Saginaw, MI Tornado Damages Town, Aug 1866

TERRIFIC TORNADO.

THREE BUILDINGS BLOWN DOWN -- ONE MAN KILLED AND THREE SEVERELY INJURED BY THE FALLING WALLS.

From the Saginaw (Mich.) Enterprise, Aug. 13.
About 2 1/2 o'clock yesterday afternoon a small black cloud passed over this city, and almost in an instant, without the least warning, a terrific gale of wind swept over the city with a sad and disastrous effect. The most sad effect of the storm was the entire demolition of the new brick block on the south side of Genesee street and west of Jefferson. It was a three-story building, and the walls were complete, except the front, which was in process of construction. The wind coming from the northwest struck quartering into the open front, and in an instant the whole was a mass of ruins.
There were at work in the building when it fell six men, all of whom were buried in the debris and more or less hurt. EARNEST STOCKS, a German laborer, was killed instantly. He lived on the Deerfield Road, and leaves a wife and one child. WILLIAM GUESS had a leg and one arm broken, and was otherwise badly bruised. He lies in a very critical state, and his recovery is considered doubtful. MICHAEL GERRETT was badly hurt about the head and shoulders. One eye appeared to be put out, as it protruded from his head and was very much swollen. HERMAN GOECHELL, one of the proprietors of the middle store, had a narrow escape. He was just leaving the building as the shower of brick and timbers rained upon him. His injuries are not regarded as serious. BALCOMB, an old Frenchman, had his head and face badly cut, but is in no danger, the general opinion being that he is too tough for an ordinary killing. Two other men were slightly bruised, though not enough to prevent them from walking home.
The wind was followed by a sharp storm of rain and hail, lasting about thirty minutes, after which the sun came out fair and very warm. As soon as possible after the building fell a large force of citizens commenced the work of extricating the buried men. In less than an hour the ruins had been thoroughly overhauled and all the men extricated.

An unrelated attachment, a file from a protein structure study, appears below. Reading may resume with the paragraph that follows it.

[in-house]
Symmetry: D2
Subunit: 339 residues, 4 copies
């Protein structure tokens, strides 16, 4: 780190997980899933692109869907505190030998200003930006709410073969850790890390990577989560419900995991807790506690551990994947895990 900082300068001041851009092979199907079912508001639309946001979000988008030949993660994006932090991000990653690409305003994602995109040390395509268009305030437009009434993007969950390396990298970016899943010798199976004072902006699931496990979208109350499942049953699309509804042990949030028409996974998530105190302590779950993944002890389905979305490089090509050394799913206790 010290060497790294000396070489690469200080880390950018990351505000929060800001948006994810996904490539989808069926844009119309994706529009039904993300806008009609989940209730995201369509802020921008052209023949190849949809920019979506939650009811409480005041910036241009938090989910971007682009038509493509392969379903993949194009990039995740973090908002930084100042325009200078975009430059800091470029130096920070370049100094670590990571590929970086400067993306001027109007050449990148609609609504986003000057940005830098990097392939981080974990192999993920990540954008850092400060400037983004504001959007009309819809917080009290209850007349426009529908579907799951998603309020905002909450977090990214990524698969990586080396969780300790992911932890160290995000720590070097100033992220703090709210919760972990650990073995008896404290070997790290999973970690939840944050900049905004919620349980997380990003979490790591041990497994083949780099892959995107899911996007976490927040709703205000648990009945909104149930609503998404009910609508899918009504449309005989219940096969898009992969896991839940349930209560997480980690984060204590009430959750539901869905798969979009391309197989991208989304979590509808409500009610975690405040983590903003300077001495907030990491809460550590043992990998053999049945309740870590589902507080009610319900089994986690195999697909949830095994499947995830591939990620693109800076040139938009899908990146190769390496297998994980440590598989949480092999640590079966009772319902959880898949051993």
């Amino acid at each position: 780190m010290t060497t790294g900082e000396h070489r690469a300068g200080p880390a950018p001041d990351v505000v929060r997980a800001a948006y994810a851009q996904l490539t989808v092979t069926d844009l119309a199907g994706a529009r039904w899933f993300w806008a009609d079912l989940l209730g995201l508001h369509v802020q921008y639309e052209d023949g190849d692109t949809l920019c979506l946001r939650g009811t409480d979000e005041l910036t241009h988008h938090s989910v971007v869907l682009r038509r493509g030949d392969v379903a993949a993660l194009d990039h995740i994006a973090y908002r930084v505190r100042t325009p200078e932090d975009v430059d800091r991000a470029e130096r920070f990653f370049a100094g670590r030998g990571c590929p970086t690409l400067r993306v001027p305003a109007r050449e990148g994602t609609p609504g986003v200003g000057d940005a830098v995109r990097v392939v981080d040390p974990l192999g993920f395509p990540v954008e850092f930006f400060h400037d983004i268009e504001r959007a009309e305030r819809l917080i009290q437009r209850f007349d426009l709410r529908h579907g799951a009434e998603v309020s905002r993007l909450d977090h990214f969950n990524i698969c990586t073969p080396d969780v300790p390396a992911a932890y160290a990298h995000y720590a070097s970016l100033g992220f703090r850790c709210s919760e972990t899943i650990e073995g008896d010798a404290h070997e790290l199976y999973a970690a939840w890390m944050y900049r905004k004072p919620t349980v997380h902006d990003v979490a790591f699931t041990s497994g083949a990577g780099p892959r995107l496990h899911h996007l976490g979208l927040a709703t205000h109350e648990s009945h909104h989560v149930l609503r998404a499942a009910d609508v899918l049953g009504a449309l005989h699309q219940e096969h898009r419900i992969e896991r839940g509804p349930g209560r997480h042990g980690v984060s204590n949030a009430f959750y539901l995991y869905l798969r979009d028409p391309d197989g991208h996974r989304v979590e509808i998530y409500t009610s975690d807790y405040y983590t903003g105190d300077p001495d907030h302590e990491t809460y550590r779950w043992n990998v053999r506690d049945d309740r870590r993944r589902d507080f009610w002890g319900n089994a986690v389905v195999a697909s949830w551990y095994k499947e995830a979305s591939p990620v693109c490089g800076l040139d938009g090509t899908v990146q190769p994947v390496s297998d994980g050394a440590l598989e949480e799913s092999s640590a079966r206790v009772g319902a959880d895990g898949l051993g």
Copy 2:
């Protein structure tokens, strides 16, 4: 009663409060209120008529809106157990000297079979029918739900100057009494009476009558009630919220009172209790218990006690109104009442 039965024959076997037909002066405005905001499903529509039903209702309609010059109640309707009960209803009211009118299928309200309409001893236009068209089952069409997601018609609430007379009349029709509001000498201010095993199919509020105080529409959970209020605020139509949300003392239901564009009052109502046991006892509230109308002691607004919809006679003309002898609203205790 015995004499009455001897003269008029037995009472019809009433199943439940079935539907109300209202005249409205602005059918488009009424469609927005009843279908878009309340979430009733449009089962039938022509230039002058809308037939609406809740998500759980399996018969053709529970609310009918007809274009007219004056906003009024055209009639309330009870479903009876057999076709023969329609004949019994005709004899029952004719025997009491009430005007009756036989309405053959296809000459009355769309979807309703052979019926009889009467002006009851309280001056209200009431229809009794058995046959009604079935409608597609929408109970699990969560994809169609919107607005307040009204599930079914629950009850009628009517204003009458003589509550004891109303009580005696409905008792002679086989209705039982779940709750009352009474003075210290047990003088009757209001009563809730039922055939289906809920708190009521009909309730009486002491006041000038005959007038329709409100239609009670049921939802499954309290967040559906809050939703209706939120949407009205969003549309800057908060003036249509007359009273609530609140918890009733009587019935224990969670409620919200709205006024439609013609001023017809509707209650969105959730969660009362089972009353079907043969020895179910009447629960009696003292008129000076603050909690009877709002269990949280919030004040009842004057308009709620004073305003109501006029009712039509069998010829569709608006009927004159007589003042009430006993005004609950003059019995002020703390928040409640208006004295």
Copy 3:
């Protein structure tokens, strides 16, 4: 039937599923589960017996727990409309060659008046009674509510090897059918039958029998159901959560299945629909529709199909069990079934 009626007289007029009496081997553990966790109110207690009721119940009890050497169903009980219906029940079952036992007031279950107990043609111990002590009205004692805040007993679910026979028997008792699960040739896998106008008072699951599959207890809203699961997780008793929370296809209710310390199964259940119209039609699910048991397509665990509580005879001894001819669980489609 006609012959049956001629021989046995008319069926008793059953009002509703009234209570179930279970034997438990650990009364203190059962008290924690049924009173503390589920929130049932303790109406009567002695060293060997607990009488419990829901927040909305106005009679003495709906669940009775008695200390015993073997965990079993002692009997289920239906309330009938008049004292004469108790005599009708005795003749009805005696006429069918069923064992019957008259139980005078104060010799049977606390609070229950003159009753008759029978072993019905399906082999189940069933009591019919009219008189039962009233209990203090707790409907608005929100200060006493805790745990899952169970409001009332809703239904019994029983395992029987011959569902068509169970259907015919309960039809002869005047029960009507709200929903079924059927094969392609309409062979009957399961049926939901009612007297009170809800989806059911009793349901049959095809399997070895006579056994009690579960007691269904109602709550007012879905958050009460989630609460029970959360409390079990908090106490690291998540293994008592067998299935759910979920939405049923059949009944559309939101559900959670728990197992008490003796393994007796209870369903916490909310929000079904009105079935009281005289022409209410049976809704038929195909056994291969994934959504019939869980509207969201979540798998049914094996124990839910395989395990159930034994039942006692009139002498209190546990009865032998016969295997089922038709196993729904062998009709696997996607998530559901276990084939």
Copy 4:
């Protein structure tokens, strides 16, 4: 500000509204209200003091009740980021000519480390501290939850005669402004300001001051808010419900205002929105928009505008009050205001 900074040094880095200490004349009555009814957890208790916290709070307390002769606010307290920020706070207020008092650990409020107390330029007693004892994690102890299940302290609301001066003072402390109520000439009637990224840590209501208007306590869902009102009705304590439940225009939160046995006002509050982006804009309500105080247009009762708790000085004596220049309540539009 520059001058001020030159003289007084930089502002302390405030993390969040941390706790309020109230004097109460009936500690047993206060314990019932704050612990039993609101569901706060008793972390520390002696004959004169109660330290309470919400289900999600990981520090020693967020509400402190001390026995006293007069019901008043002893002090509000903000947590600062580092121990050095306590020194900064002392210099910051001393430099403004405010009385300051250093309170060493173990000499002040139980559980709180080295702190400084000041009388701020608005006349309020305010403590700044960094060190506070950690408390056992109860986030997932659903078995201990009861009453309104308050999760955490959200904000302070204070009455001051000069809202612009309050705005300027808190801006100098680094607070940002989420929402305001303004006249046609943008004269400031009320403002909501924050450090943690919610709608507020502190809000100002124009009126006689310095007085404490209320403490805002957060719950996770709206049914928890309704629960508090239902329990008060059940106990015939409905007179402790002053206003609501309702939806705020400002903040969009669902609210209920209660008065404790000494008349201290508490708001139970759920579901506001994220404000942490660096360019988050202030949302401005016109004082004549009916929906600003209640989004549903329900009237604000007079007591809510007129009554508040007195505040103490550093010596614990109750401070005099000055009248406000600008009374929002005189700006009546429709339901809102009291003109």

The buildings destroyed are as follows: A store 20 feet wide by 60 feet deep, two stories high, owned by ANDREW BLEYER, a clerk in th employ of BLISS, JANES & CO. The large three-story store of H. & E. GOECHELL, 22 feet wide and 100 feet deep; the walls were destroyed for a distance of about 70 feet, the rear end being left standing, but badly damaged. A store belonging to MR. LOELLER, a German, the walls being about up to the second floor. MR. HENRY NIENSTADT had the foundations laid for two stores and a few feet of brick wall. MR. HENRY GIESSLER had the foundations laid for three stores, east of NIENSTADT, which were considerably damaged. The buildings, excepting the rear of GOECHELL'S, were completely demolished, scarcely one brick remaining upon another, and the foundations are badly split and broken.
The loss will fall with great severity upon all the parties, as they are all men of small means, and it is feared that some of them will not be able to go on with their building this year. As near as possible we foot up the damages as follows: BLEYER, $1,000; H. & E. GOECHELL, $3,000; LOELLER, $1,000; NIENSTADT, $800; GIESSLER, $300; total, $6,100.
The contractors were JERMAIN & MOREHAUS, who will also lose from three to five thousand dollars on their job.

The New York Times New York 1866-08-22